A 2013 survey of 616 LGBT San Francisco residents ages 60 to 92 found that almost 60 percent lived alone. That’s twice the level for all of the city’s seniors, according to a separate 2010 study.

"LGBT participants who live alone are at risk for poorer outcomes on all assessed health indicators, compared to those who live with others," concluded the survey report, titled "Addressing the Needs of LGBT Older Adults in San Francisco: Recommendations for the Future."

That report determined that most of the participants "have moderate levels of social support." But it also found almost one in 10 who said they have no social connections they can turn to.

Among the 15 percent of the seniors with adult children in the survey, 60 percent reported that their children were not available to help them if needed.

Commissioned by the San Francisco’s LGBT Aging Policy Task Force [http://bit.ly/1hC5Hct], the survey report found that "gay men are at higher risk for lacking social support than lesbians," support "critical to our health and well-being, especially among older adults."

The survey found that almost three-quarters (72 percent) of the survey participants indicated they had a "close friend," who was their "most common source of social support." The next most common was a partner or spouse (36 percent), therapist (23 percent) and neighbor (22 percent). The survey's transgender participants were the most likely to turn to faith communities for social and emotional support.

Few Children or Other Family

One alarming statistic for researchers behind the survey was the finding that 15 percent of the respondents had "seriously considered" committing suicide within the previous year. LGBT seniors in legally recognized relationships were less likely to have contemplated suicide than those in relationships not legally recognized or those not in a relationship.

"We need to bring older people together to counter that isolation. It is why senior centers all around the country and day centers exist," said SAGE’s Espinoza.

At Openhouse, a nonprofit serving LGBT seniors in San Francisco, "Isolation is a huge theme for much of [our] work," said Seth Kilbourn, the agency's executive director. "LGBT seniors have a higher risk for isolation than non-LGBT seniors because they tend not to have children, tend to live alone and don't have family members to step in for them like non-LGBT seniors."

Kilbourn added, "The more isolated the senior is, the less likely they are to maintain their health and well-being," he said. "The more connection to family and community members, they live longer, stay out of the hospital or delay any type of institutional housing placements."

For that reason, Openhouse added more social programs over the last five years. The organization offers such fare as monthly film showings, potlucks for men, women-specific gatherings and groups focused on poetry, opera or books. Openhouse recently started offering Spanish classes, and based on its success is looking to add other language courses.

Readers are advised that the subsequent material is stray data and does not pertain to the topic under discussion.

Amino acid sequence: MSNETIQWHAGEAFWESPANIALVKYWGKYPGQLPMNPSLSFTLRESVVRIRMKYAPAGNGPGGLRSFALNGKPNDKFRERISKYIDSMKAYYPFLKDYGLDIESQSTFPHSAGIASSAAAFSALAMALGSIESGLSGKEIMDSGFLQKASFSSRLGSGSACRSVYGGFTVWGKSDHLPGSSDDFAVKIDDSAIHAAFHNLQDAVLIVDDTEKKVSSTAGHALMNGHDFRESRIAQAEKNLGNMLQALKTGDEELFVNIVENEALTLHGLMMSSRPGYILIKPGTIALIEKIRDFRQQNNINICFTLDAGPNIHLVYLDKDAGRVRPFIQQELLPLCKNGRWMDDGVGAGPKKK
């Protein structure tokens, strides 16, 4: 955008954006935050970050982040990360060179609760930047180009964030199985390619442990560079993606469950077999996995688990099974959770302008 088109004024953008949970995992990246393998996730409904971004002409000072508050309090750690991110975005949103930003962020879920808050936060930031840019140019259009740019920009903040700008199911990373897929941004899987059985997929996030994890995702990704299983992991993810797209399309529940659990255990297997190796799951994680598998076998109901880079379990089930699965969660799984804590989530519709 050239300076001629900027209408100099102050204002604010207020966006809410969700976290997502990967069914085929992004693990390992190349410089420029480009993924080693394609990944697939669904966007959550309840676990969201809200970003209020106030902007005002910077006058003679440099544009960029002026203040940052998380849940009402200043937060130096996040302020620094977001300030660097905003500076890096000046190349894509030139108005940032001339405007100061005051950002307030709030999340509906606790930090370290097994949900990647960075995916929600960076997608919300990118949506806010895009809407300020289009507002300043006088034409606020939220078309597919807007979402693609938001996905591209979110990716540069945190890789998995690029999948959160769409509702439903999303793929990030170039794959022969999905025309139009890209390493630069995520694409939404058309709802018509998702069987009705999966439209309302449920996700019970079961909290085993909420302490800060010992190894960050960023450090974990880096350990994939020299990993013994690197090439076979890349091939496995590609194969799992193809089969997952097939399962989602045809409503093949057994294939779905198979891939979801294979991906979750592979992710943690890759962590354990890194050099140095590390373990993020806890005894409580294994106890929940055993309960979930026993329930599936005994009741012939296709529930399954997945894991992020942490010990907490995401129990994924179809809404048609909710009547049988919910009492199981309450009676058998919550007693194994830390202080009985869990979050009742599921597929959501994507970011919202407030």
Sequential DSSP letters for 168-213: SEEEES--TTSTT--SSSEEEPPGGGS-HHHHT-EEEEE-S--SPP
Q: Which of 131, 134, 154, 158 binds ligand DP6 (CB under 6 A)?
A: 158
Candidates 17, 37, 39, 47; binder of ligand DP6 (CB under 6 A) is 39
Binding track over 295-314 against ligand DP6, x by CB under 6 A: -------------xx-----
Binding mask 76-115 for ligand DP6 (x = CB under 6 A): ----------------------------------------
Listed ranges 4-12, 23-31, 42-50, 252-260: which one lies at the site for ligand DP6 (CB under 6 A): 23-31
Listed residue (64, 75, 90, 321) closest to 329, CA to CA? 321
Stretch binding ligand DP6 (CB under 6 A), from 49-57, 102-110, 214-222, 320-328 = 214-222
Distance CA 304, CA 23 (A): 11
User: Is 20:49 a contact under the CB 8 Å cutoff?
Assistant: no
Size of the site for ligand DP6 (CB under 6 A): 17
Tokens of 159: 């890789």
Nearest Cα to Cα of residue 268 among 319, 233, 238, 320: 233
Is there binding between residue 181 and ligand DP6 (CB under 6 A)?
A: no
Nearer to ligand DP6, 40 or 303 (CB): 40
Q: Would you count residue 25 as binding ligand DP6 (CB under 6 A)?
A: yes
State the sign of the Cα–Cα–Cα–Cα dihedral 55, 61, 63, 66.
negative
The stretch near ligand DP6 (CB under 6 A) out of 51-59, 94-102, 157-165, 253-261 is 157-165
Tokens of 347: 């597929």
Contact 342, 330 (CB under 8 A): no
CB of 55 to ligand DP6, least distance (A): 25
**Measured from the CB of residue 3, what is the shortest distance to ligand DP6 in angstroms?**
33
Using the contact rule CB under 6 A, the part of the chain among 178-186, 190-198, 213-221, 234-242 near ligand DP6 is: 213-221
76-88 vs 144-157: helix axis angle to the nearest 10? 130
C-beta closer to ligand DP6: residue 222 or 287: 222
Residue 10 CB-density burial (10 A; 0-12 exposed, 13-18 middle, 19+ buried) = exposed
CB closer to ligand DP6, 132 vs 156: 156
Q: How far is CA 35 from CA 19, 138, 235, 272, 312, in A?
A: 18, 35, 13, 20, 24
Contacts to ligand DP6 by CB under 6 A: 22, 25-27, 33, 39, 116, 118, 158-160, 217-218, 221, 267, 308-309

Such programs provide LGBT seniors an entrée into Openhouse that may lead to their receiving other needed services, such as assistance finding affordable housing.

The agency also launched a friendly visitors program to match volunteers with homebound or frail seniors needing some companionship, perhaps someone to help them get out of the house.

Call for More Support Services

In its report, "LGBT Aging at the Golden Gate: [http://tinyurl.com/l99prq7] San Francisco Policy Issues and Recommendations," the city's LGBT Aging Policy Task Force determined that "currently there are very limited individual supportive services that address the emotional and behavioral health challenges of isolated LGBT older adults in San Francisco."

The Task force found only four agencies in the city – Openhouse, the Alliance Health Project, Queer Lifespace and the Access Institute – that offer some supportive services specifically geared for LGBT seniors. The Task Force is recommending that city officials expand peer support-based counseling, as well as emotional and practical support services for these older adults.

"As a social worker, I am really concerned about the issue of emotional well-being as the older adults community continues to age," said Scott Haitsuka, 52, a member of the Task Force who served on its health and social services work group.

Haitsuka, a clinical social worker, traces the lack of social support services for LGBT seniors in San Francisco to the 2010 closure of the nonprofit New Leaf, which offered mental health services to LGBT clients.

"Now there isn't one place that focuses on - and is welcoming and understands the life experiences of LGBT older adults,” Haitsuka said. “That is key to having a safe and welcoming space where LGBT older adults can get mental health services." He hopes the city's Department of Aging and Adult Services will implement the Task Force's recommendations to fund an LGBT senior peer-counseling and peer support volunteer program.

At SAGE's senior center in New York City, Cole has seen firsthand the positive impacts that come with providing a safe space for LGBT seniors to connect with one another and access the services they need.

"It is great to feel I do have a network here and that I am not alone out there," Cole said of the friends he has made at the center. "We do take care of each other … like I said, it is a family."

Matthew S. Bajko wrote this article for the Bay Area Reporter through the MetLife Foundation Journalists in Aging Fellowships, a program of New America Media and the Gerontological Society of America.